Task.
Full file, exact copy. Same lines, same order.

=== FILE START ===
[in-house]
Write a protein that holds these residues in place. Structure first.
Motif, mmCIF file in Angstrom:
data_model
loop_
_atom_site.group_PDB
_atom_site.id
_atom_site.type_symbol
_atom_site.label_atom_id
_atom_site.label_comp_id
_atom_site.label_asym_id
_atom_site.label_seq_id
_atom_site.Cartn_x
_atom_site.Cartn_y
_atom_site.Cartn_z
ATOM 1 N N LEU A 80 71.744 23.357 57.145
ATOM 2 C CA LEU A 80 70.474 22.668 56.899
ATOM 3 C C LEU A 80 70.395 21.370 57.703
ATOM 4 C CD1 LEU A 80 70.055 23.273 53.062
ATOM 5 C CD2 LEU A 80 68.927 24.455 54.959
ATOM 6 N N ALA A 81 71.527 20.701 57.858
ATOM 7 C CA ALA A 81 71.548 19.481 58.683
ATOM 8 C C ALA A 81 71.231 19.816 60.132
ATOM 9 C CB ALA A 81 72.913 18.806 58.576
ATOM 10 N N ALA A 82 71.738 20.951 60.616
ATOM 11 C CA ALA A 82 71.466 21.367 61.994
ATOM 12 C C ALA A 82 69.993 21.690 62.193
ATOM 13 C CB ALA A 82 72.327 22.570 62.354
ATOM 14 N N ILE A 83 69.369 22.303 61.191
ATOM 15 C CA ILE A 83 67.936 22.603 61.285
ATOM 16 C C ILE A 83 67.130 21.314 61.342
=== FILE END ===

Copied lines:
[in-house]
Write a protein that holds these residues in place. Structure first.
Motif, mmCIF file in Angstrom:
data_model
loop_
_atom_site.group_PDB
_atom_site.id
_atom_site.type_symbol
_atom_site.label_atom_id
_atom_site.label_comp_id
_atom_site.label_asym_id
_atom_site.label_seq_id
_atom_site.Cartn_x
_atom_site.Cartn_y
_atom_site.Cartn_z
ATOM 1 N N LEU A 80 71.744 23.357 57.145
ATOM 2 C CA LEU A 80 70.474 22.668 56.899
ATOM 3 C C LEU A 80 70.395 21.370 57.703
ATOM 4 C CD1 LEU A 80 70.055 23.273 53.062
ATOM 5 C CD2 LEU A 80 68.927 24.455 54.959
ATOM 6 N N ALA A 81 71.527 20.701 57.858
ATOM 7 C CA ALA A 81 71.548 19.481 58.683
ATOM 8 C C ALA A 81 71.231 19.816 60.132
ATOM 9 C CB ALA A 81 72.913 18.806 58.576
ATOM 10 N N ALA A 82 71.738 20.951 60.616
ATOM 11 C CA ALA A 82 71.466 21.367 61.994
ATOM 12 C C ALA A 82 69.993 21.690 62.193
ATOM 13 C CB ALA A 82 72.327 22.570 62.354
ATOM 14 N N ILE A 83 69.369 22.303 61.191
ATOM 15 C CA ILE A 83 67.936 22.603 61.285
ATOM 16 C C ILE A 83 67.130 21.314 61.342